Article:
• Tire pressure must be maintained. I like mine a bit higher than recommended by the vehicle manufacturer, but I never exceed the pressure that the tire manufacturer lists on the sidewall. You need to know the difference! Somewhere in between is ideal for fuel economy, handling, tire life and comfort of ride. Experiment, and make sure you use a good gauge when the tires are COLD. Even 2-3 PSI higher can get you better fuel economy.
  • A word on bike racks and luggage carriers. They may look cool, but they put a drag on both your car and your wallet. A bike rack on the diesel smart car with a bike on it can increase consumption by 20% easily. (Trust me, I tested it.) That thule box on your VW TDI might impress you friends, but take it off between the monthly trip to the slopes. The money you’ll save will pay for your dinner AND drinks at the Keg afterwards.
  • Control your speed. You will exponentially use more and more fuel the faster you go over 55 mph / 90 kmh on the freeway. Certainly don’t annoy every other vehicle on the road by driving too slow, but don’t speed… I can still get 3.5 L/100 km or 80 mpg driving the smart close to 60 mph / 100 kmh.
  • Use cruise control on the flats. Be careful uphill though. It’s better to gear down and slow down a little bit on the hills. Trying to maintain your cruising speed from the flats could use 50% more fuel than need be. On the hills, I keep an eye on the Scangauge and lay off the accelerator a bit.
  • Windows up? Yes, you will cost yourself more fuel driving with windows down and even a bit more with the top down in a convertible. But I don’t worry about this one too much… unless I am on a fuel economy run, where naturally, every percent counts.
  • Hypermiling involves pretty much all of the above as a minimum. There are more, shall we say ‘dedicated’ techniques, but if you adhere to this list, you’ll be more than well on your way.

    The reality is this - your right foot and your ego has the most to do with how much fuel your chosen vehicle burns. Even a Toyota Prius or Honda Civic hybrid is no guarantee of fuel savings if you don’t put a bit of effort into it. Or as one hypermiler put it: ‘fanatic’ is what the lazy call the dedicated.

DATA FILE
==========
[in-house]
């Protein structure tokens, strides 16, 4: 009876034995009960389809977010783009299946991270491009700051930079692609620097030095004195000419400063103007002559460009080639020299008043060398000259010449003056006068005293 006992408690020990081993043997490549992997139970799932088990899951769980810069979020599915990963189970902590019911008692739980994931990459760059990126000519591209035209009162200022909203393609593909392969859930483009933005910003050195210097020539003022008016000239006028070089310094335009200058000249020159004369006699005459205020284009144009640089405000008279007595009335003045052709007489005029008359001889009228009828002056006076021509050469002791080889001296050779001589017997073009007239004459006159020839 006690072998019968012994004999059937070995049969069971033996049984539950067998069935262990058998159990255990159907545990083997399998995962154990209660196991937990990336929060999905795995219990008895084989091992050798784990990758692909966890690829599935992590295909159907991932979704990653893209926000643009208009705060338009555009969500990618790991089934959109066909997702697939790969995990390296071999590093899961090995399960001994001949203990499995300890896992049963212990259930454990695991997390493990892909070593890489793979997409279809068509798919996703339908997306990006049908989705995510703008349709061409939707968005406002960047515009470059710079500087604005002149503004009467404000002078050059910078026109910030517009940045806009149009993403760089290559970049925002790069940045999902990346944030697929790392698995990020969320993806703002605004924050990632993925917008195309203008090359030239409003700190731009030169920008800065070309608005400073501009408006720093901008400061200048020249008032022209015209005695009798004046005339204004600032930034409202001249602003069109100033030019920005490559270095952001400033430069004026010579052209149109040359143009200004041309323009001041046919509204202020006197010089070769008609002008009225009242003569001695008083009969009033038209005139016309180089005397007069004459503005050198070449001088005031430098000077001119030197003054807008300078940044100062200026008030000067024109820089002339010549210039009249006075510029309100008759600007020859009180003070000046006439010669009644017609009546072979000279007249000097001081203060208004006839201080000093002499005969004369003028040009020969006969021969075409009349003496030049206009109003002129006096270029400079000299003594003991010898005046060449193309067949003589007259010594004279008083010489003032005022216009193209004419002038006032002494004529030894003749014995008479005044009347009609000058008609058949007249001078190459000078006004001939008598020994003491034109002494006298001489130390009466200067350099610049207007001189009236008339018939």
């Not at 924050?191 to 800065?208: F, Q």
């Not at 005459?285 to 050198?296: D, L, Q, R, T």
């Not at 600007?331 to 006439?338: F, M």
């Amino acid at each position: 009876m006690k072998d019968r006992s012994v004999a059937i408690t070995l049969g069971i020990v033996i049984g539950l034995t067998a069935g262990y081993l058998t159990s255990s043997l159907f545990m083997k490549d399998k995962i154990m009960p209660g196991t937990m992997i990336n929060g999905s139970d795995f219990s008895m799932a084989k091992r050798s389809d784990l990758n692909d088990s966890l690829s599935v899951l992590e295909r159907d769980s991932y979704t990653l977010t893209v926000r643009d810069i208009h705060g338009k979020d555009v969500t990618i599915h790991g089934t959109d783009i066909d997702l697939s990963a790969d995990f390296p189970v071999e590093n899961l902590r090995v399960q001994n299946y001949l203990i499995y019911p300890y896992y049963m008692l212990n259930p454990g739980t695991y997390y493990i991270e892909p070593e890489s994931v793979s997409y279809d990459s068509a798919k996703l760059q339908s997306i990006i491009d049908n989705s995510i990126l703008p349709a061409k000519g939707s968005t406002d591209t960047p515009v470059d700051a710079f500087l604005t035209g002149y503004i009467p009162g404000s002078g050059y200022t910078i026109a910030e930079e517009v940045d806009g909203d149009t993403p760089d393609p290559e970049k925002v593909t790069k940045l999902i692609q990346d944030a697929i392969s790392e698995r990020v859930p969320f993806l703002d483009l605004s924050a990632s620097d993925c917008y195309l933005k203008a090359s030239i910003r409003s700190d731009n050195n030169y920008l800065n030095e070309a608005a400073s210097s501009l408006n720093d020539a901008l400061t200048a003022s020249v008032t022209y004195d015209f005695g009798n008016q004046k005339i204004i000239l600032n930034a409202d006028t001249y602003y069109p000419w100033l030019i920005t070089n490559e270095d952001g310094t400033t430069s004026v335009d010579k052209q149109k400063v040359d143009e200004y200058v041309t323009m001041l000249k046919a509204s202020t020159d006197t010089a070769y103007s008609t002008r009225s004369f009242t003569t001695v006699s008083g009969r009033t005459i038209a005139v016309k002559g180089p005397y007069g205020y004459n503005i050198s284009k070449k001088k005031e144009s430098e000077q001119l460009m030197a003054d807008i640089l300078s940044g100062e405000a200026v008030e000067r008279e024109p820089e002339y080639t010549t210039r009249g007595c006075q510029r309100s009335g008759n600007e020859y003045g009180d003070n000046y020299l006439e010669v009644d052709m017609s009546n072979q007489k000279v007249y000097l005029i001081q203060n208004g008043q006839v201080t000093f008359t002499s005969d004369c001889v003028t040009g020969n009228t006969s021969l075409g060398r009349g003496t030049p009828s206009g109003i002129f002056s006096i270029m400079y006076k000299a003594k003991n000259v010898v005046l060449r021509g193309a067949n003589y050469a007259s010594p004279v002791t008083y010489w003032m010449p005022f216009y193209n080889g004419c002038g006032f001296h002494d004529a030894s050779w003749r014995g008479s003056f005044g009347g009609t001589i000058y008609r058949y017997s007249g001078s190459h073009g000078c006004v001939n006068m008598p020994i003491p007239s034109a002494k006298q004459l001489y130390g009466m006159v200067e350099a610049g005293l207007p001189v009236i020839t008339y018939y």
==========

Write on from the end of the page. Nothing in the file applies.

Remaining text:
I plan on purchasing a 2008 gasoline smart car for extended fuel economy testing. The gasoline smart may not be as frugal as the diesel, but I’m sure I’ll figure out the nuances of the gasser quicker. I didn’t have a Scangauge in 2005 during the 100 MPG Challenge. This saw ‘NRG SVR’ and I drive round trip across all ten Canadian provinces averaging 3.6 L/100 km (78 mpg imperial / 65 mpg US). I was promoting the One-Tonne Challenge for the City of Abbotsford at about the time climate change concerns started to reach the public forefront.

    The best fuel economy I have achieved to date in the smart is 2.23 L/100 km, or 126 mpg imperial / 105 mpg US. You can read about that here. On my daily commute between Abbotsford and Cloverdale BC, 3.0 L/100 km is pretty standard, except in inclimate weather.

    I’m an analyst for Coastal Pacific Xpress, a large trucking company in Western Canada. I manage the fuel purchasing and I’m involved in all areas related to fuel consumption and sustainability. Indeed, ‘hypermileage’ is where it is at. We’re getting close to spending $50,000,000 a year on fuel.

    Contact me by e-mail with any comments.